By Tony Russell|
June 3, Washington - Administration officials and congressional leaders moved swiftly today to allay rising public fears that top government figures might face hardships in their retirement years because of impending cuts in Social Security and Medicare.
The most recent polls show a rapidly growing public concern that our nation’s leaders will struggle after leaving office in view of slashes to retirement benefits and health care coverage.
“We have a responsibility to see that the quality of public servants’ lives isn’t jeopardized by worries about their old age or disability,” said Art McGrady, an unemployed factory worker. “We have a moral obligation to them--simply because they’re fellow human beings, of course, but also because they’re people who labor tirelessly on behalf of all the rest of us.” McGrady’s sentiments, according to the polls, are widely shared.
Chuck Browning is a retired coal miner whose guaranteed health care benefits from Arch Coal disappeared when the company adroitly unloaded the bulk of its pension obligations onto a company it created, then kept a straight face as the new company went bankrupt and all those “guaranteed lifetime benefits” vanished. Browning said, “I know what it’s like to lose that sense of security. For me it has felt like falling down a mine shaft. So I can’t help worrying about our nation’s leaders. They’re human beings who don’t deserve to be used by the public and then simply discarded and forgotten when they’re sick or old. We are family, and family members care for one another. We’re all brothers and sisters in this world.”
Members of West Virginia’s Congressional delegation--Rep. Shelley Moore Capito (maximum net worth in 2011 of $2.8 million), Rep. David McKinley (maximum net worth in 2011 of $13.1 million), Rep. Nick Rahall (maximum net worth in 2011 of $2.97 million), Sen. Joe Manchin (maximum net worth in 2011 of $11.7 million), and Sen Jay Rockefeller (maximum net worth in 2011 of $116.4 million)--issued a joint statement to the Hur Herald expressing their gratitude for the outpouring of support. “We are moved and humbled by your concern,” the statement read. “We hope we can continue to deserve your trust.”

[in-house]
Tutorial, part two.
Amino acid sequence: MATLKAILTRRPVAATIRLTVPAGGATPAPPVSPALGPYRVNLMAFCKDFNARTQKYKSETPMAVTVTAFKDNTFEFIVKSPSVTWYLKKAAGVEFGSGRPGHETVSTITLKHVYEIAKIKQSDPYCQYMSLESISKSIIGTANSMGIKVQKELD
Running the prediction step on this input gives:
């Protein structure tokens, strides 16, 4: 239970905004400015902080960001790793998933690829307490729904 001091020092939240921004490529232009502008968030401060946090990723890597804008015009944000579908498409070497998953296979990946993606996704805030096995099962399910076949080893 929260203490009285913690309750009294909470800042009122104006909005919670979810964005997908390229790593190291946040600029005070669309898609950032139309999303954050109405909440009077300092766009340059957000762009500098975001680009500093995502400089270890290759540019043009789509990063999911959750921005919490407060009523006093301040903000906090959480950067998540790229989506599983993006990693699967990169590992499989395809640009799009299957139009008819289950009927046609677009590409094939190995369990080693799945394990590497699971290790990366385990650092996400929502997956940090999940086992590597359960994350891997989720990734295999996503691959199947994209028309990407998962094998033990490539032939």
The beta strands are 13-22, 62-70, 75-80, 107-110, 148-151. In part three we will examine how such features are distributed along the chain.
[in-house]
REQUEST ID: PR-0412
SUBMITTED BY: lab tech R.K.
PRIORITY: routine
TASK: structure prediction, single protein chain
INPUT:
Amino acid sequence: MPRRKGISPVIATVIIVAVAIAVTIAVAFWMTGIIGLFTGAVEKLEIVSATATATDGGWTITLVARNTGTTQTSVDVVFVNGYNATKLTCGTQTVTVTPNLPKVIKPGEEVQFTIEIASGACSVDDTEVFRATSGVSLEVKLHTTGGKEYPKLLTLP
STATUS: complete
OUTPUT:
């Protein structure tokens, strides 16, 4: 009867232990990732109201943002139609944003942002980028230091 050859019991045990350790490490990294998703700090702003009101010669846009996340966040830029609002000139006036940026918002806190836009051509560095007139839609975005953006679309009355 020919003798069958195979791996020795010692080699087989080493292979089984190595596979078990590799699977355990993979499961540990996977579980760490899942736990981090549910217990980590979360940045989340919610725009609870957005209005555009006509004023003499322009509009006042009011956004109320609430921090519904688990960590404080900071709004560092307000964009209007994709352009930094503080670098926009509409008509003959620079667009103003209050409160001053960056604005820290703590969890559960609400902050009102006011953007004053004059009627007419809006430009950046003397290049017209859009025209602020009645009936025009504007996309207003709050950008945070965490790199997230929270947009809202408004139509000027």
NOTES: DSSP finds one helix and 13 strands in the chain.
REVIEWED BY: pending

Secretary of State John Kerry (estimated net worth more than $200 million) declared, “We always have the people’s best interests in mind, of course. I can’t tell you how gratifying it is to know that the good intentions are reciprocal.”
Eric Holder, Obama’s Attorney General (estimated net worth of $11.5 million), echoed the sentiment. “As we go about making tough decisions to axe programs, it strengthens our conviction we are doing the right things when we find the public has our back,” he declared.
Penny Pritzker, Mr. Obama’s nominee for Commerce Secretary (estimated net worth of $1.6 billion), said in a prepared statement released by her press secretary, “We’re just ordinary people, with the same burdens and concerns as everyone else. It’s touching to know that the public identifies with us and is stepping forward to assure that our needs are met.”
New Treasury Secretary Jacob “Jack” Lew, one of the most vulnerable of Cabinet-level members with a net worth of only $1.7 million, has called the groundswell of good will “heartwarming.”
Mr. Obama himself (maximum net worth estimated at $11.8 million) and new Defense Secretary Chuck Hagel (maximum net worth of $10.9 million) recently won the hearts of millions of unemployed and underemployed citizens when they announced they are voluntarily surrendering 5% of their government salaries in a show of solidarity with the most vulnerable Americans, who have borne the brunt of recent budget cuts.
The 5% cut means Mr. Obama will have to manage on an annual salary of just $380,000. Per capita income for West Virginians in the past 12 months was $22,010.
In an echo of Bill Clinton’s famous remark, Mr. Obama told a group of disabled and unemployed veterans from the Iraq and Afghan resource wars, “We share your pain. Thank you for sharing ours.”
© Tony Russell, 2013
Note: The public probably shouldn’t be too worried, as congressional pensions are vested after only five (5) years of service. Members can collect their full pension at the age of 62 with 5 years of service. Presidential pensions start immediately after a new president is sworn in. In 2011 it was $199,700 per year, supplemented by staff and office allowances, travel expenses, Secret Service protection, and other perks, including free medical treatment at military hospitals for themselves, their spouses, their widows, and their minor children.
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